Jimmy John’s Makes Workers Sign Strict Non-Compete Agreements To Guard Its Sandwich Secrets

In any given area, there is a likelihood that a business nearby is going to be selling sandwiches to hungry customers. But workers who leave Jimmy John’s might have a tough time trying to find new employment after they’re employed at the sandwich chain, as a corporate non-compete clause puts some pretty strict limits on their post-Jimmy John’s careers.

As part of a proposed class action lawsuit filed against a franchisee by two workers who had claimed that the company forced employees to work off the clock, the amended complaint argues that the noncompete agreement even low-wage sandwich makers and delivery drivers have to sign, reports the Huffington Post. The workers claim the agreement is overly broad and “oppressive” to employees.

Per the agreement, as reported by HuffPo:

Employee covenants and agrees that, during his or her employment with the Employer and for a period of two (2) years after … he or she will not have any direct or indirect interest in or perform services for … any business which derives more than ten percent (10%) of its revenue from selling submarine, hero-type, deli-style, pita and/or wrapped or rolled sandwiches and which is located with three (3) miles of either [the Jimmy John’s location in question] or any such other Jimmy John’s Sandwich Shop.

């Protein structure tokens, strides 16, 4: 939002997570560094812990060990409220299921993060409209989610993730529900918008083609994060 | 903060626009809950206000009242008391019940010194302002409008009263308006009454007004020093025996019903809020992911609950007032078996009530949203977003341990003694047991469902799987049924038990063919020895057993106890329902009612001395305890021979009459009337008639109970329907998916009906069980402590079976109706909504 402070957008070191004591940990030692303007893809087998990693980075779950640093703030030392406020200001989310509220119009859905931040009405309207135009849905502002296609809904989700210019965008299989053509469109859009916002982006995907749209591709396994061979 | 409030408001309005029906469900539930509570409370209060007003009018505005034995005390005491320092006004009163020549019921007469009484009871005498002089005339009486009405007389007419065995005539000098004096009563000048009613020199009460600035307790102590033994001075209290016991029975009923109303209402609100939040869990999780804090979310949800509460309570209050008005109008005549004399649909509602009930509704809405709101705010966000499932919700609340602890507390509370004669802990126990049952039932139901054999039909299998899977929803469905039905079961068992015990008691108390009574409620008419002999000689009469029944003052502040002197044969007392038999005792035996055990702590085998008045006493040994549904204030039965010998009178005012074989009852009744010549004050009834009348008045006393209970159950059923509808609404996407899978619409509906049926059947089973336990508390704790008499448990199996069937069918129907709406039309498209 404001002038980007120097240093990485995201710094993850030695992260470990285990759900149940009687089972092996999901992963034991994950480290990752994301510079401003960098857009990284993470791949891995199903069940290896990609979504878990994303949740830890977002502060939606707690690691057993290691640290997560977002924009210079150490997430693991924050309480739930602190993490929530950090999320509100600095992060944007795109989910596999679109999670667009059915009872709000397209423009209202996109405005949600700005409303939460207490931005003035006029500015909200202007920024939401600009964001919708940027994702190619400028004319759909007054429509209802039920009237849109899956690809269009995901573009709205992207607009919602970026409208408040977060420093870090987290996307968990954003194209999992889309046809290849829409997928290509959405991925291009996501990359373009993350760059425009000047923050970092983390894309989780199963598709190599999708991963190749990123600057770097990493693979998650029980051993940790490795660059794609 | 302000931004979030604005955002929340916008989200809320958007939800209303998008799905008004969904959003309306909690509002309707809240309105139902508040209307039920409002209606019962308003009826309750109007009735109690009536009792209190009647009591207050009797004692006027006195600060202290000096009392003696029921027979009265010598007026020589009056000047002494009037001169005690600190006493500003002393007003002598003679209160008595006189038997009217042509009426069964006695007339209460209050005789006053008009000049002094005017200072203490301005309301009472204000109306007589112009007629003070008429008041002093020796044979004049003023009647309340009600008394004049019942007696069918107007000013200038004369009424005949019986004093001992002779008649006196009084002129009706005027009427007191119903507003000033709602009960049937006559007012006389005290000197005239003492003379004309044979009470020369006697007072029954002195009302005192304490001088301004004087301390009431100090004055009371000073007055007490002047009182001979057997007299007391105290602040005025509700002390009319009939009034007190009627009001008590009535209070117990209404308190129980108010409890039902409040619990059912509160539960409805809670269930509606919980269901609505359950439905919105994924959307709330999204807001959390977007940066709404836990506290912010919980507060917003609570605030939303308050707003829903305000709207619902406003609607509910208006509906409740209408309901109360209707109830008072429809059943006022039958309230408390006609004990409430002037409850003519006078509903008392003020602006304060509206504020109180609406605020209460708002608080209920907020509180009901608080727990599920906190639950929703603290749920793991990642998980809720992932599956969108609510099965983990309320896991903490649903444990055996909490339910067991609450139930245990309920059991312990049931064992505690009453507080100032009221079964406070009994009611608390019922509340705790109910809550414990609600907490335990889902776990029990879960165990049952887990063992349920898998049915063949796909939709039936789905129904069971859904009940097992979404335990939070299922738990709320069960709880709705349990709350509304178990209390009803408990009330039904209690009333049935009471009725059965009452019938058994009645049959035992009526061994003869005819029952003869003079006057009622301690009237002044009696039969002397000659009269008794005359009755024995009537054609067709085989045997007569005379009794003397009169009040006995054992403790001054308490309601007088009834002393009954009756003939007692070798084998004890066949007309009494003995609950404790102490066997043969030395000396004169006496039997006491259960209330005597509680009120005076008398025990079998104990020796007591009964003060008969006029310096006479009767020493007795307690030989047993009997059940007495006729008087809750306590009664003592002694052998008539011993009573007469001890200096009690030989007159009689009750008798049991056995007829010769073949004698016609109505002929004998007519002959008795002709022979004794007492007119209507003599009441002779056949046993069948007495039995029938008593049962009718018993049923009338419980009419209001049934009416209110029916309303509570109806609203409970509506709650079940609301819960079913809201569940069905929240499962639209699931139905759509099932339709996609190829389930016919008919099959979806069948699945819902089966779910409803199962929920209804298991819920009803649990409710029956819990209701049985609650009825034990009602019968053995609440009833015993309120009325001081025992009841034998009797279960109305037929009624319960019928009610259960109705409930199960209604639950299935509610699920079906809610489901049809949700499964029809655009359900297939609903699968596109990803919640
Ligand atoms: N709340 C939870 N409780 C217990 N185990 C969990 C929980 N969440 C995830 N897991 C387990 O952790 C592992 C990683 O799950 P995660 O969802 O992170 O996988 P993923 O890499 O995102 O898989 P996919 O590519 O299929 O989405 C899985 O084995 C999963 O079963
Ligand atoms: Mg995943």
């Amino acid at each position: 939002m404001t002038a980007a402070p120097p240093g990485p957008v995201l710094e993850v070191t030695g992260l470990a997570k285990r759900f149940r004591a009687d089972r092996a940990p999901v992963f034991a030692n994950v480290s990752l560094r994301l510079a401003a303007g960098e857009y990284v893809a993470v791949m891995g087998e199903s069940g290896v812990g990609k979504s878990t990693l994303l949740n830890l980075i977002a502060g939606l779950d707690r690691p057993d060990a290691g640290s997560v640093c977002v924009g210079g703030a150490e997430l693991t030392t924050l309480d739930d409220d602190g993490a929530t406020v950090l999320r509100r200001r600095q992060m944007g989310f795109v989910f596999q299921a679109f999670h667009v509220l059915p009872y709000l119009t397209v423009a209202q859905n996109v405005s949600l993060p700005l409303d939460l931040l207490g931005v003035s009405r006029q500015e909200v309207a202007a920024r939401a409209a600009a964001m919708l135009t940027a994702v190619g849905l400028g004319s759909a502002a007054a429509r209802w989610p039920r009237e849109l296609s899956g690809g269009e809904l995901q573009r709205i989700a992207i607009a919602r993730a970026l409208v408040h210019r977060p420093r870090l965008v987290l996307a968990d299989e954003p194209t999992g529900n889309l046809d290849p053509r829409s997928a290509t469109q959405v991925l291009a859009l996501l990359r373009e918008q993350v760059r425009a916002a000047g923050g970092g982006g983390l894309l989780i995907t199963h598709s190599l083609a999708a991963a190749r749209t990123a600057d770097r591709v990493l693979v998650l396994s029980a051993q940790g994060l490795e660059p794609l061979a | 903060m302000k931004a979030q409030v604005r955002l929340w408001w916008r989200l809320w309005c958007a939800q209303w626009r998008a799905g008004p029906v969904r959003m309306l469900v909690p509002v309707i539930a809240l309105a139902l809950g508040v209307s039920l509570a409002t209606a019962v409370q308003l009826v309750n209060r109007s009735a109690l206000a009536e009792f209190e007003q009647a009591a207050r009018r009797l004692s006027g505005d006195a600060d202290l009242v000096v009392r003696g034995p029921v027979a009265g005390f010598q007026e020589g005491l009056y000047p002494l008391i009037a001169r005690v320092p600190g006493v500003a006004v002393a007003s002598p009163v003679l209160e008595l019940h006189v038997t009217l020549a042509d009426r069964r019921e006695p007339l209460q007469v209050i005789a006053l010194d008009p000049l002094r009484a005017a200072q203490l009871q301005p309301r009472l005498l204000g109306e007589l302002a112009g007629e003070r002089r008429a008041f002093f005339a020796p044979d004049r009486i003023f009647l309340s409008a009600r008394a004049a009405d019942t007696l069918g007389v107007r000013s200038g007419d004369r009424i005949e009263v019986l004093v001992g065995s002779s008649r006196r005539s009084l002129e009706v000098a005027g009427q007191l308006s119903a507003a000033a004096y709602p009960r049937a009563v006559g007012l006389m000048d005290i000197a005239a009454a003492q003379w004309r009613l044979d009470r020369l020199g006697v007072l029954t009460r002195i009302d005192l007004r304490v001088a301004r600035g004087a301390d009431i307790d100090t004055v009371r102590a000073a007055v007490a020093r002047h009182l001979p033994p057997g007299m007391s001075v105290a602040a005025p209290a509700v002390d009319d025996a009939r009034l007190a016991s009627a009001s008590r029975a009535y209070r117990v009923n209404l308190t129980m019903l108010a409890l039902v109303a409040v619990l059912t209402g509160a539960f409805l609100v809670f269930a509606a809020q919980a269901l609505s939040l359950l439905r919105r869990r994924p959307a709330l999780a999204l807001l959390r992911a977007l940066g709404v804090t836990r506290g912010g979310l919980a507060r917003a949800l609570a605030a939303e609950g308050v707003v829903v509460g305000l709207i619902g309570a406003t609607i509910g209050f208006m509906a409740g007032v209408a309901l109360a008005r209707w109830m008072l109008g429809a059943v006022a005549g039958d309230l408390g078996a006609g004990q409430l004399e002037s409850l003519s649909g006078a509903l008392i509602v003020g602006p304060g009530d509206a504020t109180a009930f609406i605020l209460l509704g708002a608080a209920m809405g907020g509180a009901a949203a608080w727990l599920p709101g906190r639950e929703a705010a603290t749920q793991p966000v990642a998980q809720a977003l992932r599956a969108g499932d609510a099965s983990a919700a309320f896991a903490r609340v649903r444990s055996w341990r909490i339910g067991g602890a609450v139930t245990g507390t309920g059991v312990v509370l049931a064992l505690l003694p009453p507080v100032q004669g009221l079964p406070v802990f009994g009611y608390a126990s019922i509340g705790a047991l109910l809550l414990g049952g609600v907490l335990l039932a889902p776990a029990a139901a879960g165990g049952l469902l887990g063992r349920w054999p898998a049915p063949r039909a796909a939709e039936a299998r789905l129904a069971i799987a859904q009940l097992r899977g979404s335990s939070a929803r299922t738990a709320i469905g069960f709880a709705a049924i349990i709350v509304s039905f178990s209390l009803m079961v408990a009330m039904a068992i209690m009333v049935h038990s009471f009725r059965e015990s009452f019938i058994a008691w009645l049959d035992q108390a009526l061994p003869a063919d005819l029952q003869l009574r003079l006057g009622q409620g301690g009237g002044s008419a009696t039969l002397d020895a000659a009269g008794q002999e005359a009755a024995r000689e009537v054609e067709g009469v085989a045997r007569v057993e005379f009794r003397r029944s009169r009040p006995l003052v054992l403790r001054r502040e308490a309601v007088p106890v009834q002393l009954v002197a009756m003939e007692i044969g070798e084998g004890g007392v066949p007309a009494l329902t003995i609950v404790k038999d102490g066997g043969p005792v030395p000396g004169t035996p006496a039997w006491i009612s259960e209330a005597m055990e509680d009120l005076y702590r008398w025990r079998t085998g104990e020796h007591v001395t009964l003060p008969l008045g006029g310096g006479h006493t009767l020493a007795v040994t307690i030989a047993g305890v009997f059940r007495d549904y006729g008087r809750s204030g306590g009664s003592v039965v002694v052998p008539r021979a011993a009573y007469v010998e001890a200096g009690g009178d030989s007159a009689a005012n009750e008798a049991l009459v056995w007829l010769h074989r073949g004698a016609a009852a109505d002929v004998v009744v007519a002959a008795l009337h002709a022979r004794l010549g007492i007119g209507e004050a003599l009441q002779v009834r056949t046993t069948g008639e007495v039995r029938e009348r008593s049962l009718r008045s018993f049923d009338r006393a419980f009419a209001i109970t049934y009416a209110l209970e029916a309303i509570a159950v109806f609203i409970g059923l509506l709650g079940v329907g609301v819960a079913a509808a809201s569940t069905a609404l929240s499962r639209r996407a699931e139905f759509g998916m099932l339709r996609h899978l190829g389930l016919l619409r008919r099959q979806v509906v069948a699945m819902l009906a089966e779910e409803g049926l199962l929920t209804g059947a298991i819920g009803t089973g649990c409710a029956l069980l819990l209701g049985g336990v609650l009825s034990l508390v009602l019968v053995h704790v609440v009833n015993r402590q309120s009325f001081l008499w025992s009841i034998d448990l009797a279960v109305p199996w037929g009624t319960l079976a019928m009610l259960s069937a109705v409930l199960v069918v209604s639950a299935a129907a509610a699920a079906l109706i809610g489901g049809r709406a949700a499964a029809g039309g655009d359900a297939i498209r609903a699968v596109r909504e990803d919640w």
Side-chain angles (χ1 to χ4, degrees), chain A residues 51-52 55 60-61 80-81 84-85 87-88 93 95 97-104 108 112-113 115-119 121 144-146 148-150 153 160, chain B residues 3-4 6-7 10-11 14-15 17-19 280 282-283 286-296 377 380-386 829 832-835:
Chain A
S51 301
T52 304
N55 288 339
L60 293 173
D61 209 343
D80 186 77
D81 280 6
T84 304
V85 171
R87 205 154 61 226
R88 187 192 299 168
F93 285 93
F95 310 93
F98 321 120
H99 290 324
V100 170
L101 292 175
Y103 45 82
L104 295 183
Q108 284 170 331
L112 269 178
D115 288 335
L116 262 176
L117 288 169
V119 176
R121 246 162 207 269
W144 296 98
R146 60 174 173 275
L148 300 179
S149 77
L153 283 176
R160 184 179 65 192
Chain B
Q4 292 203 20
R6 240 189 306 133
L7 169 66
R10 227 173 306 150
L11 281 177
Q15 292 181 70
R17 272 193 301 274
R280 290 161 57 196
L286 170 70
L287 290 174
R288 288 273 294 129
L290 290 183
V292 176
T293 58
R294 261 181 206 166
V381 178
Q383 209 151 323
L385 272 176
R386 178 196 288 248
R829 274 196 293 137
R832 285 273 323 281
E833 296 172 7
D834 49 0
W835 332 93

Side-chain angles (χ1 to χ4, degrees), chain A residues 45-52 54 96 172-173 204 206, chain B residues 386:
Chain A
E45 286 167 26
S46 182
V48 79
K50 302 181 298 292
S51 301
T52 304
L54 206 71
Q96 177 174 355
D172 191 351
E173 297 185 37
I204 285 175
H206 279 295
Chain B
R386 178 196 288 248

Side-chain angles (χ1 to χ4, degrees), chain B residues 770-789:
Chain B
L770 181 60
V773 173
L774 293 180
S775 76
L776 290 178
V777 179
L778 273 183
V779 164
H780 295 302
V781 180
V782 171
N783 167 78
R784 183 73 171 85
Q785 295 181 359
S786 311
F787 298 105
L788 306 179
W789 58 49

Got that? You can’t work within three miles of any Jimmy John’s out of the over 2,000 locations if your new place of employment gets 10% of its business from making sandwiches.

Depending on where you live, that could dramatically limit the places a worker could get a job after leaving Jimmy John’s, the workers’ lawyer says. She argues that the blackout area would cover 6,000 square miles in 44 states and Washington, D.C.

“It is disturbing this document is being used and it is our position that it has broad impact on thousands of employees,” she says.

Thus far Jimmy John’s doesn’t seem to have enforced the clause, and is not commenting on the lawsuit.

So why does Jimmy John’s even have a non-compete clause? What trade secrets could there be worth protecting — a super secret roast beef tenderizer? A special way of layering tomatoes?

Jimmy John’s Makes Low-Wage Workers Sign ‘Oppressive’ Noncompete Agreements [Huffington Post]